Let $S=\{1,2,\cdots,2n\}$, and $S_i \subseteq S(i=1,2,\cdots,n+1)$ be $n+1$ subsets, each of which contains half of the $2n$ elements, namely $|S_i|=n$. Consider the following expression: $$M=\max_{1\le i<j \le n+1} |S_i \cap S_j|$$

- When $n$ is even, it seems that $M\ge n/2$ for any choice of $S_i$. I think it is a really interesting phenomenon, but how does one give a proof of this.
Also by experiment, I find that$\{(i,j):1\le i<j \le n+1,|S_i \cap S_j|\ge n/2\}$ is $\Omega(n)$, not only one pair.

This question can be generalized to the following one: Let $S=\{1,2,\cdots,n\}$, and $S_i \subseteq S$ be $m$ subsets of $S$, each of which contains exactly $k$ elements. Can the maximal size of $|S_i \cap S_j|(1\le i<j \le m)$ be bounded from below?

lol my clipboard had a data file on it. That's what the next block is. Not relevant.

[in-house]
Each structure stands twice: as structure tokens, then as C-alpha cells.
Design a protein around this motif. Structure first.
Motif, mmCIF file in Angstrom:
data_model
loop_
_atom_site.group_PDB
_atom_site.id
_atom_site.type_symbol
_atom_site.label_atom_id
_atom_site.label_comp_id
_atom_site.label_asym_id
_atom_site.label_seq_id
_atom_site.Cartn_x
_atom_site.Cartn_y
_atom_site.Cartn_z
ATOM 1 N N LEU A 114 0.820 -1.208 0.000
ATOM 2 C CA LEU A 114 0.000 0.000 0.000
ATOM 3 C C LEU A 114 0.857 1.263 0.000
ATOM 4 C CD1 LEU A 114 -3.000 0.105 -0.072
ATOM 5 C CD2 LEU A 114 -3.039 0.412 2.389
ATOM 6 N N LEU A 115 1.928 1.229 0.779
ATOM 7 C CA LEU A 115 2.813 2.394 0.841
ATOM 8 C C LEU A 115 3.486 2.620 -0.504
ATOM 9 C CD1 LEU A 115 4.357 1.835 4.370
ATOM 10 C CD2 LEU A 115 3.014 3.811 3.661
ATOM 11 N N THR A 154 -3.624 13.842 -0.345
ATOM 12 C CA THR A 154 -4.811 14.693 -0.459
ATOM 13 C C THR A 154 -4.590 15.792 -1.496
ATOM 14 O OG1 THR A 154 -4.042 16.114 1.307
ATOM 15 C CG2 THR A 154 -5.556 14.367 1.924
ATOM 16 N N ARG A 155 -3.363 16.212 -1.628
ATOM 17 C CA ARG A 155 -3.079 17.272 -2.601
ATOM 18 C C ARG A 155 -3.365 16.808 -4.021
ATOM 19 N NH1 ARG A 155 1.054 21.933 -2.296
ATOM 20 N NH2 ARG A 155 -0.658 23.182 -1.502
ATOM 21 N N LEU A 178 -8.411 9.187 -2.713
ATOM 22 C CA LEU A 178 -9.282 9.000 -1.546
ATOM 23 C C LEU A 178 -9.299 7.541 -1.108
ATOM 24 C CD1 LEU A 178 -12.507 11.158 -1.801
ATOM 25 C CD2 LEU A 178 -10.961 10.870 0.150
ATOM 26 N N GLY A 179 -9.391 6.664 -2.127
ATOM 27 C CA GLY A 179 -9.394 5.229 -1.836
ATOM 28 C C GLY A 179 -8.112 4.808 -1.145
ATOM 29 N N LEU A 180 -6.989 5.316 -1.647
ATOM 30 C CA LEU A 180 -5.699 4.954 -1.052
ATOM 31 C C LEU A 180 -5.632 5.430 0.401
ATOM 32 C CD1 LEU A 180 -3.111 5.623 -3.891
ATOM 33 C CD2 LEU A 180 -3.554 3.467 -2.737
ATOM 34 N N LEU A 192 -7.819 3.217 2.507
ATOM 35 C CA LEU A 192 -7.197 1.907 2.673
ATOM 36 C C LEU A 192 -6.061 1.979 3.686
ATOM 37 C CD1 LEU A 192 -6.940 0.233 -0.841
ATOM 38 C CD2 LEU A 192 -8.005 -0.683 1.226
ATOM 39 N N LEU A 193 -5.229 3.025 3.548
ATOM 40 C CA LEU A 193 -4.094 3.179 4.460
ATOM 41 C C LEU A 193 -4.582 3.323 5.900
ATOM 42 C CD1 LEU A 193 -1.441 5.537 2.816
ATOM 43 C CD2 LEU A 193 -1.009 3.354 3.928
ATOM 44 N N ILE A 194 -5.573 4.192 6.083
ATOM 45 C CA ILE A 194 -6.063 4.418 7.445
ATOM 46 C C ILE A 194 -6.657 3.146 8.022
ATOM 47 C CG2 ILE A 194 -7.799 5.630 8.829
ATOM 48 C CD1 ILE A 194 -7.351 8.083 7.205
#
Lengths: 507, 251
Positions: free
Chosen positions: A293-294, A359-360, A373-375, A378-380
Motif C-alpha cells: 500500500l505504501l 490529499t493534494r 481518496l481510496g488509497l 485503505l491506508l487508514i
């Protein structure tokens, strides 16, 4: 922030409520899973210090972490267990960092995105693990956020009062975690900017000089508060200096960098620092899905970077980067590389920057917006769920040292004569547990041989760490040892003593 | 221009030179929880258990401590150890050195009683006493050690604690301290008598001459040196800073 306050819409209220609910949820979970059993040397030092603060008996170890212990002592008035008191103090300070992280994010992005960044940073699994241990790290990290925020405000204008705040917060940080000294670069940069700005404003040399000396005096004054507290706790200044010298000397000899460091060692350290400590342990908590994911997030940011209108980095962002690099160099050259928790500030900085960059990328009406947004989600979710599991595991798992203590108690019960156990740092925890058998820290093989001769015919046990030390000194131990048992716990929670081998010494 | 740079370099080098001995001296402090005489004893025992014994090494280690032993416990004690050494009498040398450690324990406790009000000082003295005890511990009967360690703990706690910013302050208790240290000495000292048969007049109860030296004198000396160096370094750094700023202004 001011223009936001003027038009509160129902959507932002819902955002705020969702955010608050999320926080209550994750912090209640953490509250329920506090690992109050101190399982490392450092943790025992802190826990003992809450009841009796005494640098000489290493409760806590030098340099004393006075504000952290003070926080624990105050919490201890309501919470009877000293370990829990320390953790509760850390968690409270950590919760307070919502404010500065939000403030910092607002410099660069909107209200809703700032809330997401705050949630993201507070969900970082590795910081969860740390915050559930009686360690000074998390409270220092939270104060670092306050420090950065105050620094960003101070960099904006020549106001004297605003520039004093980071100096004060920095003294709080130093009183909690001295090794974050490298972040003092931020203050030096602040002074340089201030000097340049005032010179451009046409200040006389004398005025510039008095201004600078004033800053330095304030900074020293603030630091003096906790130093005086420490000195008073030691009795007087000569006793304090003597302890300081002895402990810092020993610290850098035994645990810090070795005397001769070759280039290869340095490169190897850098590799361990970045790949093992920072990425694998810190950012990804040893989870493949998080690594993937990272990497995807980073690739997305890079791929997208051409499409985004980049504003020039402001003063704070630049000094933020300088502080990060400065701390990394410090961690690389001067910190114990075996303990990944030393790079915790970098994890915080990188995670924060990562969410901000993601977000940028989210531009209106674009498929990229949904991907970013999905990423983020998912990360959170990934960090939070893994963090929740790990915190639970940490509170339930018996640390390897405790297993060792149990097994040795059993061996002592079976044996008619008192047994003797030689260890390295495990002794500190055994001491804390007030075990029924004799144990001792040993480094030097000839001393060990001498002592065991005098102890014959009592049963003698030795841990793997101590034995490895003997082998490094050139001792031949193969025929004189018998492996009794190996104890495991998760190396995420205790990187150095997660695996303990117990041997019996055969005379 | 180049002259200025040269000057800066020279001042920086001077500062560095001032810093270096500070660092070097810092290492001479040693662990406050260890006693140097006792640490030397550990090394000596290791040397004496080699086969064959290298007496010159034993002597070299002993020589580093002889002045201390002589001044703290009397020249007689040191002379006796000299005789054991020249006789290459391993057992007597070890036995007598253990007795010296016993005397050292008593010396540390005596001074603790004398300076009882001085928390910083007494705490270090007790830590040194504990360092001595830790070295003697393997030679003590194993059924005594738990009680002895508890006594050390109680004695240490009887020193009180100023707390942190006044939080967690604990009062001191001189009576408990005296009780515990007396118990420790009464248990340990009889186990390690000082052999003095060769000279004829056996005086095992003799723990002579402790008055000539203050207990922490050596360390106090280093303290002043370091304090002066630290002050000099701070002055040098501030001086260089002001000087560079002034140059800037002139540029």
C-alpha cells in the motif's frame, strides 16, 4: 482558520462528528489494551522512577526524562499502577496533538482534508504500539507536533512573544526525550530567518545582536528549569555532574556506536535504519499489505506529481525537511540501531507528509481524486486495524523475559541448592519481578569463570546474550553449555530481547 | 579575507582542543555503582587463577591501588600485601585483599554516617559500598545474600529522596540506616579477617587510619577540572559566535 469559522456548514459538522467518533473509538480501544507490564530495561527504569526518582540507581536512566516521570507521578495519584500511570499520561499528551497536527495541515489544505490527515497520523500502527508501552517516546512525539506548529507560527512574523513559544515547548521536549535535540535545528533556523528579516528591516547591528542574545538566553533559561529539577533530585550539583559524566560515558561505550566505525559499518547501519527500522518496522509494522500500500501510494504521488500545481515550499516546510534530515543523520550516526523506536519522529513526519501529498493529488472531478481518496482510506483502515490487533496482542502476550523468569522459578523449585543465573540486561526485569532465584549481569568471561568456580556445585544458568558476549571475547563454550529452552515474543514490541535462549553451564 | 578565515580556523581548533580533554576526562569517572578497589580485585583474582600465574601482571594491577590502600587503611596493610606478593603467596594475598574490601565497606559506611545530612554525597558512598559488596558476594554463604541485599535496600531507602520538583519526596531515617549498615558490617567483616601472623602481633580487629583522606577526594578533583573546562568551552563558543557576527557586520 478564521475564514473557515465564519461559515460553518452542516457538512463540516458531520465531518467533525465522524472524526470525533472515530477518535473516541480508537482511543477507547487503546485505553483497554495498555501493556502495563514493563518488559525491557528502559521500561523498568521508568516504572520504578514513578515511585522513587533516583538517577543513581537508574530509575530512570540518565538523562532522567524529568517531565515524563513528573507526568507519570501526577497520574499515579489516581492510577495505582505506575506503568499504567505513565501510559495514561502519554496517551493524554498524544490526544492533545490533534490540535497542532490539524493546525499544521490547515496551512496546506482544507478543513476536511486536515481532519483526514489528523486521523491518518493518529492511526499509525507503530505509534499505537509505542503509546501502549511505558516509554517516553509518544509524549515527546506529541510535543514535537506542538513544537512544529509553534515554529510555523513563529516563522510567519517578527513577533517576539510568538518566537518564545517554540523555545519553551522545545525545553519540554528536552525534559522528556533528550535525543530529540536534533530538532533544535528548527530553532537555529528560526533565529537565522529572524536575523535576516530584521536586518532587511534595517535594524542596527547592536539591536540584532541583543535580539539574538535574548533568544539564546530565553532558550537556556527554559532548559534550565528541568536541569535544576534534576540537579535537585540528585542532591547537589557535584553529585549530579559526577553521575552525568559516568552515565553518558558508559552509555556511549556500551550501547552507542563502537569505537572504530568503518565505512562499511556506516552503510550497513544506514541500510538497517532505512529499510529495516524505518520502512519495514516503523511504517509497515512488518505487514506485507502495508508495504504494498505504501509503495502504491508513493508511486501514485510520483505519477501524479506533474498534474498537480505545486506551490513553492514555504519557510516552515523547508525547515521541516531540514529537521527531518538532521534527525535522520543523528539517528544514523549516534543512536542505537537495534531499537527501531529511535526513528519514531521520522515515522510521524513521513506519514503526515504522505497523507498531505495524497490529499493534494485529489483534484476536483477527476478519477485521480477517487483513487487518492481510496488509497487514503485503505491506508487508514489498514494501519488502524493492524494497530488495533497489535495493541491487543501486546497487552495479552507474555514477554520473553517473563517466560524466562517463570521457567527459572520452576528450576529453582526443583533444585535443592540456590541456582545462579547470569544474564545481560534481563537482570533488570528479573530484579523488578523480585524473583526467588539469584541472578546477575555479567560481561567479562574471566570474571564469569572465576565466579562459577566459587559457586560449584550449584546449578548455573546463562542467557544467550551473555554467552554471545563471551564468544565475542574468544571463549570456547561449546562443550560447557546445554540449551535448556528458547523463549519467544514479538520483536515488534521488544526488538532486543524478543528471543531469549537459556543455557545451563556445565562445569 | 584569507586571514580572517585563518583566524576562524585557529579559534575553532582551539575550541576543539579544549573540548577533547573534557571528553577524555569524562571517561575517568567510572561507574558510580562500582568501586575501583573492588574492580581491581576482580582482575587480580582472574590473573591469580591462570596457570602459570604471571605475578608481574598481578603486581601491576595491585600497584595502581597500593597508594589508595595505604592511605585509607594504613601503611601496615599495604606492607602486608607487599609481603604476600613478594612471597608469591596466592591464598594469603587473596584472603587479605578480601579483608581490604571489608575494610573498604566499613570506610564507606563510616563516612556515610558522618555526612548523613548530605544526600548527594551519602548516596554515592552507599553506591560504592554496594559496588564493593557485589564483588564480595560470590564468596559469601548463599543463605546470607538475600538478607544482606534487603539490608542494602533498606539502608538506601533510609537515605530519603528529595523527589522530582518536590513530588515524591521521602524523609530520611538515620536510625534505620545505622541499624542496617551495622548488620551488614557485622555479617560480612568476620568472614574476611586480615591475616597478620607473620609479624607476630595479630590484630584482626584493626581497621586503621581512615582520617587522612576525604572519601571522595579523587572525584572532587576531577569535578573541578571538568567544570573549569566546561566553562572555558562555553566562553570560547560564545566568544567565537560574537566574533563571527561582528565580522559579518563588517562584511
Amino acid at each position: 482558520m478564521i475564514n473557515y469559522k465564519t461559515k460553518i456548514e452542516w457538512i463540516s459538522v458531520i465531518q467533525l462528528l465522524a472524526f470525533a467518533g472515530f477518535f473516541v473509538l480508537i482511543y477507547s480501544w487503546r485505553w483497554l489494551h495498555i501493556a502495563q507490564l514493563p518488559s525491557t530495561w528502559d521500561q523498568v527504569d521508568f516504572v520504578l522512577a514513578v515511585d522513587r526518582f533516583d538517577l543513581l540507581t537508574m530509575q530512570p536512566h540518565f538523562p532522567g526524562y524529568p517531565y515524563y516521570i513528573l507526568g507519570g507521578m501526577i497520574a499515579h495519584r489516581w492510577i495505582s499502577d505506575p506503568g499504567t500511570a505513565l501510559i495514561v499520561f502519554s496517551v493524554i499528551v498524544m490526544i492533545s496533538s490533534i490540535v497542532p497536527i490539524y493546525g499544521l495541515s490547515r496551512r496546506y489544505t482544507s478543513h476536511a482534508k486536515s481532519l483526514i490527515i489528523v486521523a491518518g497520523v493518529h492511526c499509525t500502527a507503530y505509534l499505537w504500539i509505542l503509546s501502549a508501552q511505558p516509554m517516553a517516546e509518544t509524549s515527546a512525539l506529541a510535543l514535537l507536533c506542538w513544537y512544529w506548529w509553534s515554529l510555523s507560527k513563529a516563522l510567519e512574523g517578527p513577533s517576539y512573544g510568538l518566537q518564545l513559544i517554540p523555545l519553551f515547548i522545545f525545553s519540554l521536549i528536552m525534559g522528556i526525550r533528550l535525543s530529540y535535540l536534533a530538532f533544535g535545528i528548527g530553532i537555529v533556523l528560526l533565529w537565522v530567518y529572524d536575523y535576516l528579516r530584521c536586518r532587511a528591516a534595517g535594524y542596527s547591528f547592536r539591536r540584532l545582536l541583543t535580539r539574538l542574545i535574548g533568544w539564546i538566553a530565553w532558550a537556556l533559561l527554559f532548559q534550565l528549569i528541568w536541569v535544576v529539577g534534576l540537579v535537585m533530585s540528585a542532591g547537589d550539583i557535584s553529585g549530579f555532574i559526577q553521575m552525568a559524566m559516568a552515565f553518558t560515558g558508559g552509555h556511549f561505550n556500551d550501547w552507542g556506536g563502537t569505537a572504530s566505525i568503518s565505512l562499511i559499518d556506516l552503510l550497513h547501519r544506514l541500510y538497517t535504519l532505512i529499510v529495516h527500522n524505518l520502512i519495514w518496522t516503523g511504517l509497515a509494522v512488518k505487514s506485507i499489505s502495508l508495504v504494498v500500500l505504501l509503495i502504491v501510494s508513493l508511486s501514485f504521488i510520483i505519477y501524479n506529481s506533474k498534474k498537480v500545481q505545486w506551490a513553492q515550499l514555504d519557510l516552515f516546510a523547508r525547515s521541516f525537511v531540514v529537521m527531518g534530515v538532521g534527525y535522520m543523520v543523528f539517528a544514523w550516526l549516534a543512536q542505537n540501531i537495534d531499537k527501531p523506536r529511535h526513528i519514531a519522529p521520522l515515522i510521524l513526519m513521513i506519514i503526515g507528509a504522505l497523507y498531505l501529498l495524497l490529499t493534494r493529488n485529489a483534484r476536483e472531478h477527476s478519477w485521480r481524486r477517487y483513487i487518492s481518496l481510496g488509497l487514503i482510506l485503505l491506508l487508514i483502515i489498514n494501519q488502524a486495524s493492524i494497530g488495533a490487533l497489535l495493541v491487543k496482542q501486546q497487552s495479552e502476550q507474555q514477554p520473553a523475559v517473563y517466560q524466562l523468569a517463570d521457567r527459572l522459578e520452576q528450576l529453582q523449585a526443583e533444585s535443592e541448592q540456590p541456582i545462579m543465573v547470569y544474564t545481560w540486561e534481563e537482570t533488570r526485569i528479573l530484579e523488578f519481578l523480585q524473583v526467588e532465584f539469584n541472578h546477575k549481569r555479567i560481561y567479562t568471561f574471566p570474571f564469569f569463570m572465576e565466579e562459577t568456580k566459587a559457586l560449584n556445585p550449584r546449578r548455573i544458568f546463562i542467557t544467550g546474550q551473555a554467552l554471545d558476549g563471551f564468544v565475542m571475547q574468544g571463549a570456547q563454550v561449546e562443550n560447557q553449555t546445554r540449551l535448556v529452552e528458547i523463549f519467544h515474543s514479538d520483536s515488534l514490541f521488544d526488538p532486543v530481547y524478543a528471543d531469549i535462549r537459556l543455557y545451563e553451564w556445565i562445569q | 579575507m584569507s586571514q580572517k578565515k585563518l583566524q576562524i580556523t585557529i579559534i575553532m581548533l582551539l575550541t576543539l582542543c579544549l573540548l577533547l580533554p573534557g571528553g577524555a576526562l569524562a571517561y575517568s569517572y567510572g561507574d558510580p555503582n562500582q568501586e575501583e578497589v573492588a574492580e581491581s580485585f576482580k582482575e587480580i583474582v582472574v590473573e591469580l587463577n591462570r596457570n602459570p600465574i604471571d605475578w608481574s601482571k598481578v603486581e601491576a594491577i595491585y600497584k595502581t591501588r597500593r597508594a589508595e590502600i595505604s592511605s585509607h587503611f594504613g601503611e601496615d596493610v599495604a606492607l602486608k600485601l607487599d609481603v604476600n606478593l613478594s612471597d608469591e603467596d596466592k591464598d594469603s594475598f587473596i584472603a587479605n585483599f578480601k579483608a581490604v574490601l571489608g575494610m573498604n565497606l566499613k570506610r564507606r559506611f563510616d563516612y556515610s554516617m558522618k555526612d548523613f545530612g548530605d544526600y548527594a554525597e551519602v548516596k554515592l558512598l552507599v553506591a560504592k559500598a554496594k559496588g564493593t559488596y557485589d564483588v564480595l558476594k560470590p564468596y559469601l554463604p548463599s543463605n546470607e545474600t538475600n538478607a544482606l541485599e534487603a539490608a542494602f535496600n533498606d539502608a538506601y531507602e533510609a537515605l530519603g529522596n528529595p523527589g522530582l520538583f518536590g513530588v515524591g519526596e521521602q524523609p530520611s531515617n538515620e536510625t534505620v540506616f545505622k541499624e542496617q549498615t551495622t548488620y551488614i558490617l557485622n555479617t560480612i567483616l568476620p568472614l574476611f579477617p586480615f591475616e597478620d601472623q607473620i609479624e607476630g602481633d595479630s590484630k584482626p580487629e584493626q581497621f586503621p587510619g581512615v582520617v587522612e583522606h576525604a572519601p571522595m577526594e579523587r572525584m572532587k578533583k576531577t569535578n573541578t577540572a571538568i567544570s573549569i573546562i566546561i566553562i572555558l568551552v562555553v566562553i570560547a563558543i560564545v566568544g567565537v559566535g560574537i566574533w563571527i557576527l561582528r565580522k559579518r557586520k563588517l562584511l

- This question can be changed to a real version. Consider $x_i \in [0,1]^n$ be $m$ vectors, each of which has a fixed norm: $\| {x_i}\|_2=k$. Can the maximal inner product of $x_i \cdot x_j(1\le i<j \le m)$ be bounded from below?

Maybe the third and fourth question are hard, but if they can be solved, I think the results will be very useful. Also, the correctness of the first two questions have been checked for a few instances.